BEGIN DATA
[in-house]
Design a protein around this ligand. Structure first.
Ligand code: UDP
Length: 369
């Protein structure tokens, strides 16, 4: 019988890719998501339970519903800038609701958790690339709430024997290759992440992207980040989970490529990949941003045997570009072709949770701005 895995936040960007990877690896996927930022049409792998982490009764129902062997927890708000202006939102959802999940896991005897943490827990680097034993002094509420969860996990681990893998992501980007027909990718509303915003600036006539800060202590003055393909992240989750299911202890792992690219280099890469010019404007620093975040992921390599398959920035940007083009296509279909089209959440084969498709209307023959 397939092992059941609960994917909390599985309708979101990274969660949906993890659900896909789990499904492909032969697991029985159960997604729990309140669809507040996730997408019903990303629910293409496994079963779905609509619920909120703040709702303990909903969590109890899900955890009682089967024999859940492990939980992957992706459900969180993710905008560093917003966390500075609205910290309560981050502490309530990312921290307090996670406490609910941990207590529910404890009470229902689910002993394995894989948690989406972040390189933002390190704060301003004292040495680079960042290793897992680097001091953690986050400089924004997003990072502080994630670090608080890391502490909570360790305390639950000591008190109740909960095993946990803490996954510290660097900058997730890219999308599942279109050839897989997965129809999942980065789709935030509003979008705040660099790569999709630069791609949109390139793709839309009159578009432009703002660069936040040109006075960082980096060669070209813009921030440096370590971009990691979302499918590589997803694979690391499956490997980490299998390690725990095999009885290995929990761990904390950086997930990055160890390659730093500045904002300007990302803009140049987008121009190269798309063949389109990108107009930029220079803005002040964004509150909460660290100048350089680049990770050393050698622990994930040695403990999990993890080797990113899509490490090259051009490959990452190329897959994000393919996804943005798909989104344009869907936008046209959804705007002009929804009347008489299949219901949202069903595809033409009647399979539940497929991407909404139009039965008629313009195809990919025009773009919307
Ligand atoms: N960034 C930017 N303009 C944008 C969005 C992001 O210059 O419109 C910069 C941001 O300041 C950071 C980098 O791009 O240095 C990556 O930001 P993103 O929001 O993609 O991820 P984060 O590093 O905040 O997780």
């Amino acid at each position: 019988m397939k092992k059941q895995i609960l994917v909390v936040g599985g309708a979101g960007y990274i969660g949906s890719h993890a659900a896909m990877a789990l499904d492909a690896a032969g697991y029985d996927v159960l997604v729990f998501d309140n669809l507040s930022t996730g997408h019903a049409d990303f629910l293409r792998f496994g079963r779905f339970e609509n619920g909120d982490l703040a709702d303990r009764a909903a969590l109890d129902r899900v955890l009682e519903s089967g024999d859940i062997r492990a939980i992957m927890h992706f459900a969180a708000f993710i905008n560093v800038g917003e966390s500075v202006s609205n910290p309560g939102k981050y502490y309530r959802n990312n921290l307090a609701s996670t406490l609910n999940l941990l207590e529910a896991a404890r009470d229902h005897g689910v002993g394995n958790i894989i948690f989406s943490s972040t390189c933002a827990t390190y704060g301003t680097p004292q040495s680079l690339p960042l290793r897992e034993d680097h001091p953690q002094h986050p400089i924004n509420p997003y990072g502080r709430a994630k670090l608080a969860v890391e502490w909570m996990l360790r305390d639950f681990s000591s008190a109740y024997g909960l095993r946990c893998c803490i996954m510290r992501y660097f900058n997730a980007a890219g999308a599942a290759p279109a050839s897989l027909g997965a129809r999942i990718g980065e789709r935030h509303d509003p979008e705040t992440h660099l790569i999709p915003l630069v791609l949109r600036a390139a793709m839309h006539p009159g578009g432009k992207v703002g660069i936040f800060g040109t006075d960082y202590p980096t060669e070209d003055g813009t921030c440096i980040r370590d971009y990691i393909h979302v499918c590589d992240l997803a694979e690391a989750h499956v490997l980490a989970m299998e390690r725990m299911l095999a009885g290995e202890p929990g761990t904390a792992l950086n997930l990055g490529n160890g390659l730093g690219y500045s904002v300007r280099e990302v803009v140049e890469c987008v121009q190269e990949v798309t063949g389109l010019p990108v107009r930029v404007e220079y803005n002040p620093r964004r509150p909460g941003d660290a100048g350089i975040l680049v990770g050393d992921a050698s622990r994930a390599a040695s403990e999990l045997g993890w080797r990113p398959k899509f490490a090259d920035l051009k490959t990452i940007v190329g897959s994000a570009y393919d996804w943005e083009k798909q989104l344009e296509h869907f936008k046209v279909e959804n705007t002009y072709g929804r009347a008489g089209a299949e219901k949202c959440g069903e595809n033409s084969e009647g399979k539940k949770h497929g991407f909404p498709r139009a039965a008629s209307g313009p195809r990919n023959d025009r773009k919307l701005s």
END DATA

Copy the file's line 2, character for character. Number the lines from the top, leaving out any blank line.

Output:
Design a protein around this ligand. Structure first.